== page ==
Council approves a parklet in front of Alessa restaurant

Alessa Laguna Beach customers will soon be able to enjoy pizza bianco and veal marsala alfresco after the City Council approved a temporary seating area in front of the Forest Avenue restaurant.

In a 4 to 1 vote last week, the council approved a temporary use permit and coastal development permit for Alessa to construct a parklet that will cover two public, metered parking spaces for 60 days. Councilwoman Toni Iseman dissented.

The council discussed parklets earlier this year as part of a broader discussion on downtown revitalization with added outdoor dining spaces and pedestrian-friendly streets. The council considered, but eventually voted down, a proposal to temporarily close Forest Avenue to vehicular traffic.

Alessa 234 Forest Ave., was the only business to apply for a parklet as of last week’s council meeting.


The restaurant and city will split costs of essential materials, such as an aluminum platform and a 36-inch wood slat fence around the perimeter of the parklet, and labor, which Alessa ownership estimated at $10,000, according to a city staff report. The platform will be set even with the curb.

Owner and chef Alessandro Pirozzi told the council that his business could pay an additional $10,000 on design, construction and other elements, such as tables, chairs and planters.

The area will seat 20 guests at a given time and be open only to restaurant patrons. Resident Bonnie Hano was not pleased with the arrangement.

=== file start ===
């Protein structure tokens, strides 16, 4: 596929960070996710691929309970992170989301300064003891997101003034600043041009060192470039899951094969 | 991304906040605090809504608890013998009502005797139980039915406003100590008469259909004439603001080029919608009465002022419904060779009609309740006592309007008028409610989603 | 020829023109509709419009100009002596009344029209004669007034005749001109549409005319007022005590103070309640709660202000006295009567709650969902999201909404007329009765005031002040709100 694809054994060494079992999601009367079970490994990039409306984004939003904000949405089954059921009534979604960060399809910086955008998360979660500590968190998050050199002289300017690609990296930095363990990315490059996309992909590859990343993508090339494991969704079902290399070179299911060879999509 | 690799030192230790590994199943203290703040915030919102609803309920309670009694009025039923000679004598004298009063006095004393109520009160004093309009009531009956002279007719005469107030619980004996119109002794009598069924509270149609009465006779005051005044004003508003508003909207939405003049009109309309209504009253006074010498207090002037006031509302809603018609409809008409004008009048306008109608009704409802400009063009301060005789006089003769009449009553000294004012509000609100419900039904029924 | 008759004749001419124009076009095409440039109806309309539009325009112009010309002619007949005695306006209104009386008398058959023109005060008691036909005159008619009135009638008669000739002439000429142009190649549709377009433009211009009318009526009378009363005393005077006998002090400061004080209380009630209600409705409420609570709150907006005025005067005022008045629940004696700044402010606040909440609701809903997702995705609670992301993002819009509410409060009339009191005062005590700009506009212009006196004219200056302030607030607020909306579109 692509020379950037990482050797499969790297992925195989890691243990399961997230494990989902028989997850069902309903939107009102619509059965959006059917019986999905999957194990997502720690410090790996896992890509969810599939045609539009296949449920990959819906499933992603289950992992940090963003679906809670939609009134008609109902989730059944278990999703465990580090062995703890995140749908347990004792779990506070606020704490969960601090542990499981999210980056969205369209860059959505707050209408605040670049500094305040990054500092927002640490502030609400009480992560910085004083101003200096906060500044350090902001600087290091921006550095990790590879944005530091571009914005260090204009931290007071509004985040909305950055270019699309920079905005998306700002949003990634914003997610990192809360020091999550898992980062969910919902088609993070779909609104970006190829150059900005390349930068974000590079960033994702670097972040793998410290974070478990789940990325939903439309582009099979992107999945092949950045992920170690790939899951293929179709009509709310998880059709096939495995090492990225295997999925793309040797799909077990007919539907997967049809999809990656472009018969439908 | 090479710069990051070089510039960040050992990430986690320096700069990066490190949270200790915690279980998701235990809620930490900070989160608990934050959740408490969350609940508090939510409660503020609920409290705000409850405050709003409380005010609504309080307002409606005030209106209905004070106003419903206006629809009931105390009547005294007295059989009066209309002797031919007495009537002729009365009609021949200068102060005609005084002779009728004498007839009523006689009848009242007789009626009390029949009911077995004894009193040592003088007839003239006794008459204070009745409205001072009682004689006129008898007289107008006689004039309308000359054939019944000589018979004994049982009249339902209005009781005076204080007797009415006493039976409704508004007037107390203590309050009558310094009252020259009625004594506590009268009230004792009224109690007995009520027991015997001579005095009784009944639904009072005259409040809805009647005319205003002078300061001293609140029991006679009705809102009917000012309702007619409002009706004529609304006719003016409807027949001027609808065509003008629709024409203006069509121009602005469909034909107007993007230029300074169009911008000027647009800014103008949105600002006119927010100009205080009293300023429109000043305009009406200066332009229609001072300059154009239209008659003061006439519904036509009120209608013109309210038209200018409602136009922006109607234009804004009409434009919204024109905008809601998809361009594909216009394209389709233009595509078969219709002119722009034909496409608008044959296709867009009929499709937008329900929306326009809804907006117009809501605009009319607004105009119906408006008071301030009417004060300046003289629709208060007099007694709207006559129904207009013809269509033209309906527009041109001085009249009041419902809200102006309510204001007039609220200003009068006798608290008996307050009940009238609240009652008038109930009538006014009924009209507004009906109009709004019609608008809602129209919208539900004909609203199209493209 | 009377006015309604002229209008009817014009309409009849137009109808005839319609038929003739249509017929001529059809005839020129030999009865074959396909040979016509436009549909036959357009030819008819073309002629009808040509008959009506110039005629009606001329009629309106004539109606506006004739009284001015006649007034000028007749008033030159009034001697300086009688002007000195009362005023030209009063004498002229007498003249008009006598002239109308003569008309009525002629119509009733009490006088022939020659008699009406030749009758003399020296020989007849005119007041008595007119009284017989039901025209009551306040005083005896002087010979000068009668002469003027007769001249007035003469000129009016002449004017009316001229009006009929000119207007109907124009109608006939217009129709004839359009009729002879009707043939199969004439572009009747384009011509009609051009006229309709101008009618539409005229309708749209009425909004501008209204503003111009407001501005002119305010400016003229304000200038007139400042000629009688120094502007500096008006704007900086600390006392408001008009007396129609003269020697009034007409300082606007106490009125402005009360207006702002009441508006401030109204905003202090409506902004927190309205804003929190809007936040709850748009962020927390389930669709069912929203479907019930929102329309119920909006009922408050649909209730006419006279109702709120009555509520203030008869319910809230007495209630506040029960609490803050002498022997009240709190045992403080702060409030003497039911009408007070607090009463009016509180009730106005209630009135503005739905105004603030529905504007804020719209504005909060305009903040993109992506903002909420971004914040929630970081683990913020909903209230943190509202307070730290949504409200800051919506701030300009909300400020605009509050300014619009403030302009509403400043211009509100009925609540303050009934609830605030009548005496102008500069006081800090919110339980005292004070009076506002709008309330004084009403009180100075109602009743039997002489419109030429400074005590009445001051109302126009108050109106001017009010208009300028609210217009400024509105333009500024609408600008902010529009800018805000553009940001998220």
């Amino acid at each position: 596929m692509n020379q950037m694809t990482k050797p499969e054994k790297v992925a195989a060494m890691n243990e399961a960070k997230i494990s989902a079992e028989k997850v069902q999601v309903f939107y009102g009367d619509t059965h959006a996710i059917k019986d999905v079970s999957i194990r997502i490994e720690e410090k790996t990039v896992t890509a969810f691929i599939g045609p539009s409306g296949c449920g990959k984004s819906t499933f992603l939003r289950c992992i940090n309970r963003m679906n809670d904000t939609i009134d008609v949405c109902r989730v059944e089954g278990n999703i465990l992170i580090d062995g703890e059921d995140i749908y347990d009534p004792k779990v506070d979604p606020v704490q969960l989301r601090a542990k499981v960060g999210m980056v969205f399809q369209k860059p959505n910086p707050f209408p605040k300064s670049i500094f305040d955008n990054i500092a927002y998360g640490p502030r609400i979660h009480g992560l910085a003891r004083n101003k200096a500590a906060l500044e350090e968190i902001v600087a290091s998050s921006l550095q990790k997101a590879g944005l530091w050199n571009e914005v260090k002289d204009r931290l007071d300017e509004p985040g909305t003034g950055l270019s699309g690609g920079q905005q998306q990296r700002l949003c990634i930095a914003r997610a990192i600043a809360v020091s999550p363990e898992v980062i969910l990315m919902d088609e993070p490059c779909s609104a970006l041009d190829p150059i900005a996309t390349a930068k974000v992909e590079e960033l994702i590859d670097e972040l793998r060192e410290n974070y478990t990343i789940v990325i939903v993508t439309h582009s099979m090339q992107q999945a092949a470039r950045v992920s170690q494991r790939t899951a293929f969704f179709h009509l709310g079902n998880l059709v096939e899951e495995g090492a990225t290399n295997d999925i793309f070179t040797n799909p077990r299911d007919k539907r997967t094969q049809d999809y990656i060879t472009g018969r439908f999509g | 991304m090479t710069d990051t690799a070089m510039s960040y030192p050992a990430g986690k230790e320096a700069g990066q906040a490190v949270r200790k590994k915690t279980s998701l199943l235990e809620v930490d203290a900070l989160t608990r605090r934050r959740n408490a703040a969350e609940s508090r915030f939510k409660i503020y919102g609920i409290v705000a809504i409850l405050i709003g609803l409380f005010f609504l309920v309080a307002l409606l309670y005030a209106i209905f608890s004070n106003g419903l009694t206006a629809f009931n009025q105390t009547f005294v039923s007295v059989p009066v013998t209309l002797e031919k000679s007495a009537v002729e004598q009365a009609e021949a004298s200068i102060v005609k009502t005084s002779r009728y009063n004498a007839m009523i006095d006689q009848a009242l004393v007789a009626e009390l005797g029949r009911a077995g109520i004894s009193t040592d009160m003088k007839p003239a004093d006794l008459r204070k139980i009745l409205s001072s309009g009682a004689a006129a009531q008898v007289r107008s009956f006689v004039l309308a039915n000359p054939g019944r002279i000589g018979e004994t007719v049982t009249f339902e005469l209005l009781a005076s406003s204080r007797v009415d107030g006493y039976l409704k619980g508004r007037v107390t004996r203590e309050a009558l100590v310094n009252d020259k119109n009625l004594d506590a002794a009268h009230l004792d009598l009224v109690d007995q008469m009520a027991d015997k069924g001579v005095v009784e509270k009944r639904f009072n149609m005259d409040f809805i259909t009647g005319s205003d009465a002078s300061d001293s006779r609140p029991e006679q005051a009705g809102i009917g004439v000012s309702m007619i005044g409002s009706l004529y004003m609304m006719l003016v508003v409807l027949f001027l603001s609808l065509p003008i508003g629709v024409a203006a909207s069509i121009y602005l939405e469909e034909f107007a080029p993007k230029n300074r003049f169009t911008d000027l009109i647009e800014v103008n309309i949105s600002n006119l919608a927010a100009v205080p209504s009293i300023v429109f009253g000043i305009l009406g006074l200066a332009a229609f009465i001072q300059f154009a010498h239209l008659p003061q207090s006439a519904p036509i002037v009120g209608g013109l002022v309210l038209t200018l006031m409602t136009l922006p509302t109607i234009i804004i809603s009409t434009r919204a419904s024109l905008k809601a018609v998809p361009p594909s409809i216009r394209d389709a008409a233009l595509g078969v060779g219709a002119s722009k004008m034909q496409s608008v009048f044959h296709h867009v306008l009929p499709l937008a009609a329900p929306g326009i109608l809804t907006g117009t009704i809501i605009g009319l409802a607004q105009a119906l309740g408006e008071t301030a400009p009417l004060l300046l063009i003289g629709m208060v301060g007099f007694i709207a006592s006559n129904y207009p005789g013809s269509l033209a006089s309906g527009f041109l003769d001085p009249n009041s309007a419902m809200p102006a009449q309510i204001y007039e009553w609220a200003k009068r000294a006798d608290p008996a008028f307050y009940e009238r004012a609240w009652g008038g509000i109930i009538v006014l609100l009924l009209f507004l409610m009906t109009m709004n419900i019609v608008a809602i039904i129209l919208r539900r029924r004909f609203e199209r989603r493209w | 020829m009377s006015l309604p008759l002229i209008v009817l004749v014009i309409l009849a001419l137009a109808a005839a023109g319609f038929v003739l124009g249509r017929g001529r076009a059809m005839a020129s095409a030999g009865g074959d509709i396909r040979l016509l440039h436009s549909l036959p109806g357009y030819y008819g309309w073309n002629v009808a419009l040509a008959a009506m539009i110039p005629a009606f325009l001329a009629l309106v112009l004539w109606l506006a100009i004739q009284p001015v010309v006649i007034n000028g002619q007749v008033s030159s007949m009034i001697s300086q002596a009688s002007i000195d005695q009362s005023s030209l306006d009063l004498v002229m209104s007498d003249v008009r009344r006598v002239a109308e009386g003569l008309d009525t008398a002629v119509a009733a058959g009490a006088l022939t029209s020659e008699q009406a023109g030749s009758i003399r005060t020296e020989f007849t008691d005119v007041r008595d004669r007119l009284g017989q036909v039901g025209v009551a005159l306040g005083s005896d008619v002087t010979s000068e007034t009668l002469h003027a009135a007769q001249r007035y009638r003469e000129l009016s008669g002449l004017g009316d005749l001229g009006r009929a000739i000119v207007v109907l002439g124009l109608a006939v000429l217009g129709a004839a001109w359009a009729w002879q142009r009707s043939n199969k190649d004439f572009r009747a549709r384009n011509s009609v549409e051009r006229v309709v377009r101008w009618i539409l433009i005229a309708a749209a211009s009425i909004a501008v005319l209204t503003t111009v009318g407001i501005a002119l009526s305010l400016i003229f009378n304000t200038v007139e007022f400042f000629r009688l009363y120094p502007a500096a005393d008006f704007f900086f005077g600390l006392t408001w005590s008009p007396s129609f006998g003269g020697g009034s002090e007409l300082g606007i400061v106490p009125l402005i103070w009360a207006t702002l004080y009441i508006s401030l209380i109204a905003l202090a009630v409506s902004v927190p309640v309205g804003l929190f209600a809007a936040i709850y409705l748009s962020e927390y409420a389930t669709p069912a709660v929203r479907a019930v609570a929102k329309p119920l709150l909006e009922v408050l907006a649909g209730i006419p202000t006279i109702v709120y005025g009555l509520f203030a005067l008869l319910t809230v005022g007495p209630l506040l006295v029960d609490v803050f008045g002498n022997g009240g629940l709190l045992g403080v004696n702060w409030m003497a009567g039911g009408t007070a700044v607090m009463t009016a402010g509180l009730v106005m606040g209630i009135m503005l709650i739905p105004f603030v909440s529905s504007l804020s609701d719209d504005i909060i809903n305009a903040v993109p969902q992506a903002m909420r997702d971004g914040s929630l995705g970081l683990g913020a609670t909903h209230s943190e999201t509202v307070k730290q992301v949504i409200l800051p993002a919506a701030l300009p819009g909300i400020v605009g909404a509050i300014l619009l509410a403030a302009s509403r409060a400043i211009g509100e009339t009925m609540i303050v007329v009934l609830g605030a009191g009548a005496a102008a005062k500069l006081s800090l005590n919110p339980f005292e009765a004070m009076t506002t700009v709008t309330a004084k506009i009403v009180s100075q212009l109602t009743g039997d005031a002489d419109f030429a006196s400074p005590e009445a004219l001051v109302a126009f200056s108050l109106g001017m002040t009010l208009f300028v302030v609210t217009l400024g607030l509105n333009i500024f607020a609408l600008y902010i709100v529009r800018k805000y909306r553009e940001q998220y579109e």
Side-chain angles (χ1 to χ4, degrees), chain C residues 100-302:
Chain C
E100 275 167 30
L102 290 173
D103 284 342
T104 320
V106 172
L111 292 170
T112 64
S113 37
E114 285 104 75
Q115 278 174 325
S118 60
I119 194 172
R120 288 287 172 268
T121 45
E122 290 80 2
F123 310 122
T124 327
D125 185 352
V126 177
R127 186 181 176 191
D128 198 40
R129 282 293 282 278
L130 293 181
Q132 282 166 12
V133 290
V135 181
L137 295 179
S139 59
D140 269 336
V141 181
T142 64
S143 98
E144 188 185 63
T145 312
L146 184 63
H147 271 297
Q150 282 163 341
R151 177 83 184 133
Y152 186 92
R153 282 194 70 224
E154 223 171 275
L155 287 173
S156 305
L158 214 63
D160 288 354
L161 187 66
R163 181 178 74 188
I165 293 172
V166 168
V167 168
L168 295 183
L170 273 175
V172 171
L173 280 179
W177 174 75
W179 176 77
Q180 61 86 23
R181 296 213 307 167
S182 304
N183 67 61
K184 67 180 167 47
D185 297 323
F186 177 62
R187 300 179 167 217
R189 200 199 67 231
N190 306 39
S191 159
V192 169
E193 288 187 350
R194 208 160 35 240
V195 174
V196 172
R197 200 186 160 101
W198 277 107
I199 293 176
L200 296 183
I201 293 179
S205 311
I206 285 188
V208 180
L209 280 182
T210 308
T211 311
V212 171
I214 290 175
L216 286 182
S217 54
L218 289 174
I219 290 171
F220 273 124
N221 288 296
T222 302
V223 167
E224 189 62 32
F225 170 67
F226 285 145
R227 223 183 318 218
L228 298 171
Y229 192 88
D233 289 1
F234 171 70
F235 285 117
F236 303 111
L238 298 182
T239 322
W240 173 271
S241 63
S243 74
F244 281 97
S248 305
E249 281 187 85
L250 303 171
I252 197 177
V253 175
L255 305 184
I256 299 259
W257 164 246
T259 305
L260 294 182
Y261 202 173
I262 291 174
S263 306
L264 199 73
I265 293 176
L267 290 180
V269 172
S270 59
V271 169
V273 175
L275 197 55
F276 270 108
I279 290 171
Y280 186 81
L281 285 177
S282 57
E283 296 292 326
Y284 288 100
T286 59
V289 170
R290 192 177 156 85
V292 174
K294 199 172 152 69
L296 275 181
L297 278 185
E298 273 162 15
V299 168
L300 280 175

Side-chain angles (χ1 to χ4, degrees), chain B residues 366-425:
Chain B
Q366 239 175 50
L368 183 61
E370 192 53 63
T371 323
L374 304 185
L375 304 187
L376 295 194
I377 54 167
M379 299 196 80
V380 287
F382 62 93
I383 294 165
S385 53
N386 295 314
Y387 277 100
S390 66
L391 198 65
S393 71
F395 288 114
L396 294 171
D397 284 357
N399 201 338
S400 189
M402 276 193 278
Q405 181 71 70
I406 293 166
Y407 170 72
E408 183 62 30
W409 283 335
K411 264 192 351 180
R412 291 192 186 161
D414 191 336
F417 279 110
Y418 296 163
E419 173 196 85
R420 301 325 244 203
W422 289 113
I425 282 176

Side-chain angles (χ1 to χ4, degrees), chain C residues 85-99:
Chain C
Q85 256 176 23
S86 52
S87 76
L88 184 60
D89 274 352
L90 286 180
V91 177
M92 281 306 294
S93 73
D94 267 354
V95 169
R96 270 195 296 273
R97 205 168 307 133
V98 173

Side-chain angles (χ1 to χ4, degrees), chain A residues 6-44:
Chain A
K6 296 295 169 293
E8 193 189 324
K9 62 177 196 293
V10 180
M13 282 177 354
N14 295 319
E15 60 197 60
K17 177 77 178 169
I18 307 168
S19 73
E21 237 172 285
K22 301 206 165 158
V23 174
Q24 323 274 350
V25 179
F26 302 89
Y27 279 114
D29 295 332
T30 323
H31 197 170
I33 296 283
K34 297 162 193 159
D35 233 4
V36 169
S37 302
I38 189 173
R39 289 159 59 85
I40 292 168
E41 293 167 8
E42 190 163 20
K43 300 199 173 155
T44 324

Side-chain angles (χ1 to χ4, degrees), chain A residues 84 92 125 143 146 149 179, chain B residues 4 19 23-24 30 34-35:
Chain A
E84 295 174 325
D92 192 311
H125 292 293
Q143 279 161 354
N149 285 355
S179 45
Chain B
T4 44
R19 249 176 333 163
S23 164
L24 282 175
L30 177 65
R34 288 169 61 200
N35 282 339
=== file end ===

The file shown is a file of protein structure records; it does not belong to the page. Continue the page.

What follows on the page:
“This seems so wrong to be taking public places, parking that belongs to all of us, and giving them to private individuals for their profit,” Hano said. “How does this help the city in any way? Parklets first started out as places people could sit, bring a cup of coffee and chat. Now it turns out we are giving restaurants that are most successful downtown our parking places. It deprives other merchants of allowing easy access for customers to park.”

Landscape designer Ruben Flores commended Alessa for taking a risk.

“You don’t know if it’s going to work unless you try,” Flores, a member of the city’s View Restoration Committee, said.

A call and email to Pirozzi asking about an expected opening day for the parklet were not returned as of Monday afternoon.

City staff are evaluating Alessa’s design plans for compliance with state building code and Americas With Disabilities Act requirements


Councilman Kelly Boyd said he supported the parklet because it is temporary and requested the council — not city staff — evaluate its effectiveness after 60 days.